Sunday, 19 July 2009

Redditch Garden Birds

Song Thrush

A song thrush has treated me with early morning visits to Dave’s Walkwood garden. The usual fare is blackbirds, including one juvenile that pecks at nearly everything in sight – I guess it'll learn – so it’s good to see this speckled member of the same family. I associate it with the first inkling of the massive population decline in birds. Ten years ago those headlines seemed to solely concern song thrushes until a dismaying cohort of other species joined them – skylark, yellowhammer, marsh tit, grey partridge, bullfinch, corn bunting, inter alia, and now even house sparrow and starling.

Walkwood does hang on to a few marsh tits, bullfinches, sparrows and starlings, more so in the winter. In July the most obvious birds seem to be wood pigeons, the jumbo jet of the back lawn. As I type, a jay flies across; a few days ago, a family of three manoeuvred through the coppice over the road.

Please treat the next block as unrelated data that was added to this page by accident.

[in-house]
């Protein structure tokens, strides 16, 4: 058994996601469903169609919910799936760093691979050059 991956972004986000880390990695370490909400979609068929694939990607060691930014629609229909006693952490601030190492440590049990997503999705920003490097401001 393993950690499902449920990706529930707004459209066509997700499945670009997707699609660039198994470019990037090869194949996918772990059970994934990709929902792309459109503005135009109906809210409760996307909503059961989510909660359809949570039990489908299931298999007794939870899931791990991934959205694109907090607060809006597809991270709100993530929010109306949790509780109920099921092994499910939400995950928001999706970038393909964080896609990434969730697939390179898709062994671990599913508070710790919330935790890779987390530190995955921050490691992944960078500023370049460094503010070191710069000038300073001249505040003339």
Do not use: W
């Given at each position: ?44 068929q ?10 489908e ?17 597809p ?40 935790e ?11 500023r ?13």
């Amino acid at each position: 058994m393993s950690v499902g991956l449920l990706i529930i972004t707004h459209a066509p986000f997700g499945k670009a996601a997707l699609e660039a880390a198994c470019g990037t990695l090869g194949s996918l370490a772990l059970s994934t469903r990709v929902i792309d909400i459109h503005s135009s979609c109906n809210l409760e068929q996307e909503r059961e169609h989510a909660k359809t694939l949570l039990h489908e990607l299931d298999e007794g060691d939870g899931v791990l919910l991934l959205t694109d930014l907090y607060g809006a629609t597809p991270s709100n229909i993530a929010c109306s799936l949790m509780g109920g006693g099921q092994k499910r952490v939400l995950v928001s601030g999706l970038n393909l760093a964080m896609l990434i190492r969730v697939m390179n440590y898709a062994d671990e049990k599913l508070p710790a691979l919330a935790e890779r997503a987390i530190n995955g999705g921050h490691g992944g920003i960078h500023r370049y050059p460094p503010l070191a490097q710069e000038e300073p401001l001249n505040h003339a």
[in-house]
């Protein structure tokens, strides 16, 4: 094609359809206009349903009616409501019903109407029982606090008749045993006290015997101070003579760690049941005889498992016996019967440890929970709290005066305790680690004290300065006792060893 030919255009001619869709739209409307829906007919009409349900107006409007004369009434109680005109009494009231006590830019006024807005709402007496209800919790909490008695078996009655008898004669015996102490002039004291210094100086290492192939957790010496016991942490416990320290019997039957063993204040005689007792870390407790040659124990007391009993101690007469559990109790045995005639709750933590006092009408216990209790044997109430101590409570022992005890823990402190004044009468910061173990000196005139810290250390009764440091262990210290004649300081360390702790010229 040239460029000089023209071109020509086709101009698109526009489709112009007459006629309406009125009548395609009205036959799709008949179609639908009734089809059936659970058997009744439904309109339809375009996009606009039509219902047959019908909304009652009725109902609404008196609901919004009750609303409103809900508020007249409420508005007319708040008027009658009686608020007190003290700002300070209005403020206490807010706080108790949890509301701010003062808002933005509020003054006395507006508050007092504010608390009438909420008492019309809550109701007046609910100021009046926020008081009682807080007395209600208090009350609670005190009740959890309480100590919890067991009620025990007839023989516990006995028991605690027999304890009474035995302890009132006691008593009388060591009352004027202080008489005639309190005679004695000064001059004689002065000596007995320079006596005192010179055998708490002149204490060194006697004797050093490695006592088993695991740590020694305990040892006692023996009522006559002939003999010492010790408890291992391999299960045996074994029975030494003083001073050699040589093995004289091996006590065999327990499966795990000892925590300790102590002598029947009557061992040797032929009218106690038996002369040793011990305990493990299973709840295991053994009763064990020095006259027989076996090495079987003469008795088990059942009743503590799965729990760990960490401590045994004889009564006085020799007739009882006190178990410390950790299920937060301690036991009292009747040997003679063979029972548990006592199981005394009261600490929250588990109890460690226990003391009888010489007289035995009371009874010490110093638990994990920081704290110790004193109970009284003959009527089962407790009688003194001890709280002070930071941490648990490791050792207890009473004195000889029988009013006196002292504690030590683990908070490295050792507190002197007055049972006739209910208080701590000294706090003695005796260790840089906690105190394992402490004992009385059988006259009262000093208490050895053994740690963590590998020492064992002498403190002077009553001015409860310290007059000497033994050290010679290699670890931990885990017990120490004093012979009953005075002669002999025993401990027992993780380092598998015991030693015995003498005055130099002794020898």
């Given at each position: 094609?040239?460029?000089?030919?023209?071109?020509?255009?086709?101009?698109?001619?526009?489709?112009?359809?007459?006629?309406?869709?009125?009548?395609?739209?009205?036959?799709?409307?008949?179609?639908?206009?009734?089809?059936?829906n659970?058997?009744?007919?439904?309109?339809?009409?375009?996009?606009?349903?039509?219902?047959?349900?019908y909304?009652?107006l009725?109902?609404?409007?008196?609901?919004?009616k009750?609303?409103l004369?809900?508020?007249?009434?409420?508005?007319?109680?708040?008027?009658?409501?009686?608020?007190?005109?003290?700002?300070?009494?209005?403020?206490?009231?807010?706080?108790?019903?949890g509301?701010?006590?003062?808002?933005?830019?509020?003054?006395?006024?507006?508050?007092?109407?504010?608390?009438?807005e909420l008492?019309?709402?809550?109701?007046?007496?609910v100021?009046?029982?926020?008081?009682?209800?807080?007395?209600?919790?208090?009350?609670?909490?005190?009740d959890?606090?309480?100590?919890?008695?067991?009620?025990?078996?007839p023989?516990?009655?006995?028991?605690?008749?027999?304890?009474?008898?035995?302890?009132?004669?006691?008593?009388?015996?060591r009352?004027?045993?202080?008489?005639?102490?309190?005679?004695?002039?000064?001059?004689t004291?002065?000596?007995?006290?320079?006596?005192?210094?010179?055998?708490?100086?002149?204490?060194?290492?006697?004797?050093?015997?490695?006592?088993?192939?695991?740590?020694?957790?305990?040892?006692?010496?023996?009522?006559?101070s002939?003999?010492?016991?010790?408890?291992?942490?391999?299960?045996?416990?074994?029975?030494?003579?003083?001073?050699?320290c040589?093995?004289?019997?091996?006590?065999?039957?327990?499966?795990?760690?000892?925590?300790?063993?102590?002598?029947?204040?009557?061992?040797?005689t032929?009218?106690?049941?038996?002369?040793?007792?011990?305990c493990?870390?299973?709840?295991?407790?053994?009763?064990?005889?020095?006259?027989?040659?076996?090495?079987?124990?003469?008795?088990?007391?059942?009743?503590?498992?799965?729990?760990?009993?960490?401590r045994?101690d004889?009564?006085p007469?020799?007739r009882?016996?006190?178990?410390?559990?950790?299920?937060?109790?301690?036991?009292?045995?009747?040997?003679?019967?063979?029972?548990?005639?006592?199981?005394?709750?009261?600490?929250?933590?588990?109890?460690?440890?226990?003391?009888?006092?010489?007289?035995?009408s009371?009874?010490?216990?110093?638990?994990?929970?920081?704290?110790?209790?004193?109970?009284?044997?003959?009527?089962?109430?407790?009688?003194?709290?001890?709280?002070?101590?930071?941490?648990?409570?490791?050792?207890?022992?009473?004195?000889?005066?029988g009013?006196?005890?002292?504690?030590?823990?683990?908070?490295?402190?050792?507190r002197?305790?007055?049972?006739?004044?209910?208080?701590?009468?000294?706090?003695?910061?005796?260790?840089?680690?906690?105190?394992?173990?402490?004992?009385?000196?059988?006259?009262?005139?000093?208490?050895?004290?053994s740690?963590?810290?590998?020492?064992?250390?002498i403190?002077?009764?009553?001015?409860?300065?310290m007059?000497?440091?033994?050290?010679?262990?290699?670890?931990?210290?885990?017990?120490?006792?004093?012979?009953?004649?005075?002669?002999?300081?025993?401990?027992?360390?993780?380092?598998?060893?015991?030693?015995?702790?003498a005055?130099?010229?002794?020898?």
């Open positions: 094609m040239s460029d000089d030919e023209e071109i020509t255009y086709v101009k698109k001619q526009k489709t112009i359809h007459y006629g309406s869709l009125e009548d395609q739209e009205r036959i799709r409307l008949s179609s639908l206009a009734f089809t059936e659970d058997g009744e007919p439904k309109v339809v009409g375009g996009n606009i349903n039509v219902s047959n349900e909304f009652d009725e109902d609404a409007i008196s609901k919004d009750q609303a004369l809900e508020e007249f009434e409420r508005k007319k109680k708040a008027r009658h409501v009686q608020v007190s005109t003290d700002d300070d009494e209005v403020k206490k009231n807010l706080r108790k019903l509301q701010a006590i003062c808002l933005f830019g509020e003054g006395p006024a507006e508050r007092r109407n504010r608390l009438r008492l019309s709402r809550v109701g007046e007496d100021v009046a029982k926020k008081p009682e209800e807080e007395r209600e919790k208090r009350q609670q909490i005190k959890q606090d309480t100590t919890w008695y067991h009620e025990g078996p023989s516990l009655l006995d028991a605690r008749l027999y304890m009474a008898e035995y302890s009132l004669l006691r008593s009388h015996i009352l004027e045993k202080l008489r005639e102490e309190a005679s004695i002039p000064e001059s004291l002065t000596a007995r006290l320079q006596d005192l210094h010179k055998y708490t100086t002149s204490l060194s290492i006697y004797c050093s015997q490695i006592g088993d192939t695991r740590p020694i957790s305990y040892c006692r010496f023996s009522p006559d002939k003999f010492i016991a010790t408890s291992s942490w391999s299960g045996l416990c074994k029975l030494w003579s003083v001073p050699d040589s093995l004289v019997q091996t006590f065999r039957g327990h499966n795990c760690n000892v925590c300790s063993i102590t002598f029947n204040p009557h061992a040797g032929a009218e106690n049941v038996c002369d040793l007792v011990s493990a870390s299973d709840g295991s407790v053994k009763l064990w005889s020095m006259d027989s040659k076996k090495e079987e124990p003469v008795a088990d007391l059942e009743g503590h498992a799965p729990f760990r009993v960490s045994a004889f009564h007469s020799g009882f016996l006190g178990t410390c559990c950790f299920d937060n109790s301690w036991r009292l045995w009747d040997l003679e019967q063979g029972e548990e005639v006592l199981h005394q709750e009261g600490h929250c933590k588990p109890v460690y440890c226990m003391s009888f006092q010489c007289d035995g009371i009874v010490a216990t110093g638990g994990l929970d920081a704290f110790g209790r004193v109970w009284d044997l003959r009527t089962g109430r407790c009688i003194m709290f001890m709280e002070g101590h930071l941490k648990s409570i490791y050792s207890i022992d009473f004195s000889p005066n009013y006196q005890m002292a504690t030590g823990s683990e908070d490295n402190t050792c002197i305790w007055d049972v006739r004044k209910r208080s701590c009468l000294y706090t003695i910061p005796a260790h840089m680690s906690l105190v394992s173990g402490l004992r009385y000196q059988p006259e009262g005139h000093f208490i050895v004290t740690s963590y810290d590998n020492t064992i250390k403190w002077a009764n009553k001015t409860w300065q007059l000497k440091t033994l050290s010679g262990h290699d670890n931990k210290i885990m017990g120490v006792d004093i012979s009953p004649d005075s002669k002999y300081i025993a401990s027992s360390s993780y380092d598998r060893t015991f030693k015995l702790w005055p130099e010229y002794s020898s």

Having bred for the year, black-headed gulls are back on the school playing-field and regularly lope over the house. A sparrowhawk – a female, it was so large (too much to hope for goshawk in these parts!) – flap-flap-glided past as I pulled in from shopping yesterday. And of course I see the usual tits, finches, corvids, dunnocks and robins. We don't need to worry about them.

Do we?

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